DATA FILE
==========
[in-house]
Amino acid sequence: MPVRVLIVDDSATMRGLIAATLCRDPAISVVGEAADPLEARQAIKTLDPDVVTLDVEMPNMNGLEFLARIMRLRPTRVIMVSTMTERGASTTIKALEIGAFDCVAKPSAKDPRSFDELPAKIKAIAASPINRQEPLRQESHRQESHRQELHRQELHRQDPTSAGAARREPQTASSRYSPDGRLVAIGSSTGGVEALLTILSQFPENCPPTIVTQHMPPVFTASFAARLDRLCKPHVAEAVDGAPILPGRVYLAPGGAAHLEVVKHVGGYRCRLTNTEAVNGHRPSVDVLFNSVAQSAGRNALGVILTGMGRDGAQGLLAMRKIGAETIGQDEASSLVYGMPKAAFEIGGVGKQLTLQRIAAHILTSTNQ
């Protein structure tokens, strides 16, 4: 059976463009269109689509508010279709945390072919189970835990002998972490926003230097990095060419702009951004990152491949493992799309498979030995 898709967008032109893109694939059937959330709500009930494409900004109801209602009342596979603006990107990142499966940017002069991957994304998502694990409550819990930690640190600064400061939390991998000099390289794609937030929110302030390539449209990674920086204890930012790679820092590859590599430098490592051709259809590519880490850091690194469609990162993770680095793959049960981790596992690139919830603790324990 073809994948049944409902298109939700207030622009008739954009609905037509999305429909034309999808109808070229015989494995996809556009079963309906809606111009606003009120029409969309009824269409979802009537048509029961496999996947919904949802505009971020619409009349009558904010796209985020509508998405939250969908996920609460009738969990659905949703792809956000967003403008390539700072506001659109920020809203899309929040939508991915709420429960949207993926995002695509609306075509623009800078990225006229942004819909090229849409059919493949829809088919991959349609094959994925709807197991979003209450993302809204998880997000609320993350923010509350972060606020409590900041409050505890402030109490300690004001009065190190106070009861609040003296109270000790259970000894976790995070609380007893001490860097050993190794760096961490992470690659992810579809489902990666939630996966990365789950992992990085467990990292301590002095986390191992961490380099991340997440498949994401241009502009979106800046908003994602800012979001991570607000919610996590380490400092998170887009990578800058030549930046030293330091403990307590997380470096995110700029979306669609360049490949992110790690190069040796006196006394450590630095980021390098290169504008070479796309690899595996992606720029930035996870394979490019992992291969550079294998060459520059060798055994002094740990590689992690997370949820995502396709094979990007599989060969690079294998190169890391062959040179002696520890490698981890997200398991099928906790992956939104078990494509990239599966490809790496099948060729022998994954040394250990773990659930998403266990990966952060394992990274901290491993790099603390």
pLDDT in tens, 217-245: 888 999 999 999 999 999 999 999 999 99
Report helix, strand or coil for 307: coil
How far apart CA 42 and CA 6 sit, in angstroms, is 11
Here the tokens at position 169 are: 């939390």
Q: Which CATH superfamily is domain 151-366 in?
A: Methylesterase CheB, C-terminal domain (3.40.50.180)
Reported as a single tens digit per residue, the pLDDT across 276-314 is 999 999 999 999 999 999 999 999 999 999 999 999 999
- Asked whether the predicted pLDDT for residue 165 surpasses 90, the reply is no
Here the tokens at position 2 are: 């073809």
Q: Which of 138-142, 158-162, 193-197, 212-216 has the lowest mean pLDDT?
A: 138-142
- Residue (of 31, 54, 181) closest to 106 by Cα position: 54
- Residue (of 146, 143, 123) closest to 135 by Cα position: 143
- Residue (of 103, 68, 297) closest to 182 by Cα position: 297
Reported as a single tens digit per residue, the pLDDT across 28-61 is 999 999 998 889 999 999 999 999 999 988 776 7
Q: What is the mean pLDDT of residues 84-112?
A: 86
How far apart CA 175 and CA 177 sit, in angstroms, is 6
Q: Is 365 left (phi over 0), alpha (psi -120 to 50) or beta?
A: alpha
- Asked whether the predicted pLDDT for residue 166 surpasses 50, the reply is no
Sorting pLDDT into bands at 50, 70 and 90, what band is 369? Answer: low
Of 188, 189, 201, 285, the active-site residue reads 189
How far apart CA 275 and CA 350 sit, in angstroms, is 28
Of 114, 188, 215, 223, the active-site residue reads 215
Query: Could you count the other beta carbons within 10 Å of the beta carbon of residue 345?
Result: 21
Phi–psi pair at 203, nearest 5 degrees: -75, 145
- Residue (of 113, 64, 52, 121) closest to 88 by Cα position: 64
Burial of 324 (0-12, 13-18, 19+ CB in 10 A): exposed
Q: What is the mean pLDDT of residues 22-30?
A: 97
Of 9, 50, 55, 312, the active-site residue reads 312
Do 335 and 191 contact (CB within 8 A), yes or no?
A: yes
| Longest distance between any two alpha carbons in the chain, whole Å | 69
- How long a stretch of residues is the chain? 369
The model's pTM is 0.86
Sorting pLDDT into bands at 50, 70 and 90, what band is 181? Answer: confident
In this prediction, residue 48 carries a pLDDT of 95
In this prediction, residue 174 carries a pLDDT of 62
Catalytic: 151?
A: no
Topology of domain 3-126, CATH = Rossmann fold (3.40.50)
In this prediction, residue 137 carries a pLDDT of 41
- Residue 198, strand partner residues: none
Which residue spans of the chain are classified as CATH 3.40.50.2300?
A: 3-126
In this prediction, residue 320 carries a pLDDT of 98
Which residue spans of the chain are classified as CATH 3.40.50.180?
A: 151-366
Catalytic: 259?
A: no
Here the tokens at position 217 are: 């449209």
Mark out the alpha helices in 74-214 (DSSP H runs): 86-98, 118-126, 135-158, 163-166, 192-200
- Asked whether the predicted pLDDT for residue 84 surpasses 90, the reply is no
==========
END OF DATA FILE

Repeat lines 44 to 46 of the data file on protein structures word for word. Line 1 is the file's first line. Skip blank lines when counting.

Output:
In this prediction, residue 174 carries a pLDDT of 62
Catalytic: 151?
A: no